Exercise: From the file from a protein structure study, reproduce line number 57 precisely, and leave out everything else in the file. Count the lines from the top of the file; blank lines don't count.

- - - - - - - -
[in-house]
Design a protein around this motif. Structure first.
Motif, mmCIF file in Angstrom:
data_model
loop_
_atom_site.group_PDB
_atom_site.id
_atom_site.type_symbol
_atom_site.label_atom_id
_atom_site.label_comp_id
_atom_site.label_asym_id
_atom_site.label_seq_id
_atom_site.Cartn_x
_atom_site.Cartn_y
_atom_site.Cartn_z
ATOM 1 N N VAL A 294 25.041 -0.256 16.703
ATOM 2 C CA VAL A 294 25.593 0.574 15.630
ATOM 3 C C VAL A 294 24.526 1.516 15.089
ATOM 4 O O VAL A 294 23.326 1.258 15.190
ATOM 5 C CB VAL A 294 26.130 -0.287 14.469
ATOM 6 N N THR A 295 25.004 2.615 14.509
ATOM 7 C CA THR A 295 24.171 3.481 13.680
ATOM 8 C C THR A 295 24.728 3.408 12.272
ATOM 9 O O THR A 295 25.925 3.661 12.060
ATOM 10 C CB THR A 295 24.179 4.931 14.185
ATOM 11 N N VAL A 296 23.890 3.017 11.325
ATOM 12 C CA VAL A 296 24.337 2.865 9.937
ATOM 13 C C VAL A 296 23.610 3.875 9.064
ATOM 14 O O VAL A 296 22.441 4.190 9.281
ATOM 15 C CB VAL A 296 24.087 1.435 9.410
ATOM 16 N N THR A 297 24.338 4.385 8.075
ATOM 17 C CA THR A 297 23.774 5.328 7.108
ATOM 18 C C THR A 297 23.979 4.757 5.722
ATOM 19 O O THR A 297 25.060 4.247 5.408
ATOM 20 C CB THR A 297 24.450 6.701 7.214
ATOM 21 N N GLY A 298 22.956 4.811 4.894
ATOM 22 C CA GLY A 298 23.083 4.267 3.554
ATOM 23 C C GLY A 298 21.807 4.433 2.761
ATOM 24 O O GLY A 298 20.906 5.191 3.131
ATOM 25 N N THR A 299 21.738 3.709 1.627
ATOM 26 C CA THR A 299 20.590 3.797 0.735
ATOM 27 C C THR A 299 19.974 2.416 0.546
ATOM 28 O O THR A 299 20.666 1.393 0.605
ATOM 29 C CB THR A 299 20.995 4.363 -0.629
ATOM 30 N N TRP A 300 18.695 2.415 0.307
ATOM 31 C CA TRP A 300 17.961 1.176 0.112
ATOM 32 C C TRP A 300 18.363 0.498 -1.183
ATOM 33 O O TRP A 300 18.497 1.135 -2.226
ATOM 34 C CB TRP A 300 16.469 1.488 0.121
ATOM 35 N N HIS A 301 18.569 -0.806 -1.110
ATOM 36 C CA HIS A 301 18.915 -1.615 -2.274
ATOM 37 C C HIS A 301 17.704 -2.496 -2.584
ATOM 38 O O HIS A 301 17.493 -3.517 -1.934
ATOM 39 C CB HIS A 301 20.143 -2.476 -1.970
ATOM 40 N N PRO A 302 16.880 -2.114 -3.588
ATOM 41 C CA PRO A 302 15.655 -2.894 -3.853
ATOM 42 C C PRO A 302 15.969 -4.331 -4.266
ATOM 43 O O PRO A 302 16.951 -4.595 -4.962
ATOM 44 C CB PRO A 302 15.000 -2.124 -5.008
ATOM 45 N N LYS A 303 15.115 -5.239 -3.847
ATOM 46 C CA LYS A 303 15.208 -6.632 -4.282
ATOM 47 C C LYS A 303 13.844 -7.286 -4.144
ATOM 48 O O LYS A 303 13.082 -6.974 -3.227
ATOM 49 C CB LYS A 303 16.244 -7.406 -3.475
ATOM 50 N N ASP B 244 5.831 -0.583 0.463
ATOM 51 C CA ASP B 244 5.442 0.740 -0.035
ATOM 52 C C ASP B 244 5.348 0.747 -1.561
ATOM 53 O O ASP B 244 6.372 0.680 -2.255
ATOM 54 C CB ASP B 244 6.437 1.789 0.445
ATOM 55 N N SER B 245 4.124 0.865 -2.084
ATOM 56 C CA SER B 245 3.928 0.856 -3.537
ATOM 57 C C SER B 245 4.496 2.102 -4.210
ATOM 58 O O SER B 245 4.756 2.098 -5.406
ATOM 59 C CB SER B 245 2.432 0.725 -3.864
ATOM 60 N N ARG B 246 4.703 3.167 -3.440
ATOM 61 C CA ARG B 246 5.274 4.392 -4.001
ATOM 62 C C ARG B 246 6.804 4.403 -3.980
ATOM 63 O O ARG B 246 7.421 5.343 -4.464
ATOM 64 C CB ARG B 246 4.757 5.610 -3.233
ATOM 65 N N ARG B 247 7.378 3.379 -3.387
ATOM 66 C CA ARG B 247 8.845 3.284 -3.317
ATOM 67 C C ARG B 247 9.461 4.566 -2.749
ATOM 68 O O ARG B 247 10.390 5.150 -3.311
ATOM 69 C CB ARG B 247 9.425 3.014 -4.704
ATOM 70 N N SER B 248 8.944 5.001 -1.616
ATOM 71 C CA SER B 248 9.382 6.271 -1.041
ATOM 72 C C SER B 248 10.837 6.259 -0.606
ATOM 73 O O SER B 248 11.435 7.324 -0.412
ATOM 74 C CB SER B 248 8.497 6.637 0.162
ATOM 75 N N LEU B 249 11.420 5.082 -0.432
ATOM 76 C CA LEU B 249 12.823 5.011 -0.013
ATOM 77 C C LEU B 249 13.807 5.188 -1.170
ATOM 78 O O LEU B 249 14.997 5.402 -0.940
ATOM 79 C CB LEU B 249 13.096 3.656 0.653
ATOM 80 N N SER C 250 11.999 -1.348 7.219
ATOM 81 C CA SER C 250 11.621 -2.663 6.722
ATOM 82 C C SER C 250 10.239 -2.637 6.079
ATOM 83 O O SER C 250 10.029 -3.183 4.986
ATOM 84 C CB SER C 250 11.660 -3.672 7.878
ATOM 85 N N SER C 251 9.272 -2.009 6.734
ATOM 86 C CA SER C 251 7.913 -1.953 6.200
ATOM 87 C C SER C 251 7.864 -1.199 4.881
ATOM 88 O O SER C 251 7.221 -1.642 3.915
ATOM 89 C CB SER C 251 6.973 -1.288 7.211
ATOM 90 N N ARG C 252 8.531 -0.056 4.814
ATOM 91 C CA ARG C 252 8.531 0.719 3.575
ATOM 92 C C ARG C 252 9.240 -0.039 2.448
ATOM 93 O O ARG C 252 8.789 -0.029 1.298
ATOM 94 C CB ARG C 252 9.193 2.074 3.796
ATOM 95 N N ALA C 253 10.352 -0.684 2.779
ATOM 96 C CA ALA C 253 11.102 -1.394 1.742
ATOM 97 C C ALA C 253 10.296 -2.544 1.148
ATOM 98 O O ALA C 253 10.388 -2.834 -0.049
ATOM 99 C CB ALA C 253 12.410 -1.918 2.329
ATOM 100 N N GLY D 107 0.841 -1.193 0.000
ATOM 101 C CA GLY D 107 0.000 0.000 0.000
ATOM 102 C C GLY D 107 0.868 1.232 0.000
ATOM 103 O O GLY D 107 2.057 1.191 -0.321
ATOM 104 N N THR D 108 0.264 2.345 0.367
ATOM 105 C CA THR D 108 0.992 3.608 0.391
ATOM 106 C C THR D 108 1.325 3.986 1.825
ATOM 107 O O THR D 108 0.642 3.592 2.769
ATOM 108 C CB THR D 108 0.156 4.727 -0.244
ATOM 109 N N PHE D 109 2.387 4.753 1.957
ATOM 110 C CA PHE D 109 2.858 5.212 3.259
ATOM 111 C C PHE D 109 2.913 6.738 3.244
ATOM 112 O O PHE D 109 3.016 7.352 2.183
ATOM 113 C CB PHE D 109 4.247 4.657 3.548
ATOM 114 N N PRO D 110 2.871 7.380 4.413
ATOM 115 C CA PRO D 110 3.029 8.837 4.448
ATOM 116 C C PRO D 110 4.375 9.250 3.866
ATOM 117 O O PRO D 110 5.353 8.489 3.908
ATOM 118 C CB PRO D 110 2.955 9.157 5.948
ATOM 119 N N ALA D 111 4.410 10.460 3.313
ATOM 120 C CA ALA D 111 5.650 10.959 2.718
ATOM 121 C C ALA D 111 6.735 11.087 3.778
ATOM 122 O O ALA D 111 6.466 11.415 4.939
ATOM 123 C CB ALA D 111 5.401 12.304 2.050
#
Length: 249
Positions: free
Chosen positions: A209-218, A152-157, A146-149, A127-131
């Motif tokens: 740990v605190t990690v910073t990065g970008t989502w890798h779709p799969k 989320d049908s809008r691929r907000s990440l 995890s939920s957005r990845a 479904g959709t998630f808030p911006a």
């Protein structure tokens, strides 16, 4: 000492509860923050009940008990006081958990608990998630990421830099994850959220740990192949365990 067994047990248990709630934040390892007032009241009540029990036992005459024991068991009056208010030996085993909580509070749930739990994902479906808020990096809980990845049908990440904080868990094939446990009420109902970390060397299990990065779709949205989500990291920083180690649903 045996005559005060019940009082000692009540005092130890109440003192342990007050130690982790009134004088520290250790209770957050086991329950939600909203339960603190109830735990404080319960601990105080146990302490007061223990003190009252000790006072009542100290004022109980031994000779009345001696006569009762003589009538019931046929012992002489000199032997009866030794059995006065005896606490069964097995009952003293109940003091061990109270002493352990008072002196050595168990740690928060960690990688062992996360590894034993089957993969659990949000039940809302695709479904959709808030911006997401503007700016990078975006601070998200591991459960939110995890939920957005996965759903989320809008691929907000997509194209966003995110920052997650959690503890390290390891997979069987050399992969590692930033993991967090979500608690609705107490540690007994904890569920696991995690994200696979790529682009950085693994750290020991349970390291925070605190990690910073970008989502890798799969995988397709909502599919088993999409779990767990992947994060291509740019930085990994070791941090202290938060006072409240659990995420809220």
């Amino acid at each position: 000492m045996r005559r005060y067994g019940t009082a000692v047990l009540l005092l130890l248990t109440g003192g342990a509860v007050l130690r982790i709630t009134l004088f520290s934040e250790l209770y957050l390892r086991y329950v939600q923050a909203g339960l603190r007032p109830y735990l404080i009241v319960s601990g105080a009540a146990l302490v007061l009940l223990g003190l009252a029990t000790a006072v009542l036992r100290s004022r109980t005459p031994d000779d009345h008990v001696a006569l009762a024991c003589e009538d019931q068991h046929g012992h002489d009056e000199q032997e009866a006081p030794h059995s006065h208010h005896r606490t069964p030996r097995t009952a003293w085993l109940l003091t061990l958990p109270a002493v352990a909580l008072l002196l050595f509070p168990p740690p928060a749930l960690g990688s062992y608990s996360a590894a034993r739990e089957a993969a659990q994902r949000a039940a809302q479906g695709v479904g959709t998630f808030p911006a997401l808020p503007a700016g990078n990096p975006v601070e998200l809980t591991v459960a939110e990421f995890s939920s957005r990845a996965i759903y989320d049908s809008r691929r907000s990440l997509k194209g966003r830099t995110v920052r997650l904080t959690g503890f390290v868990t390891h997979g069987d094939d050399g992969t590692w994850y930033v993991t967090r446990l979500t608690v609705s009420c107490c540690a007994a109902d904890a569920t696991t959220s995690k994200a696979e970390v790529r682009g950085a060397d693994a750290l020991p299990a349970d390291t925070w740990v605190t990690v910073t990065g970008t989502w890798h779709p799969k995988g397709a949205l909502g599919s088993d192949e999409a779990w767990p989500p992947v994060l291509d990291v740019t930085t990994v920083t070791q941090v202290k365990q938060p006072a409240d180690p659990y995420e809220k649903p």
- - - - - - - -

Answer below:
ATOM 42 C C PRO A 302 15.969 -4.331 -4.266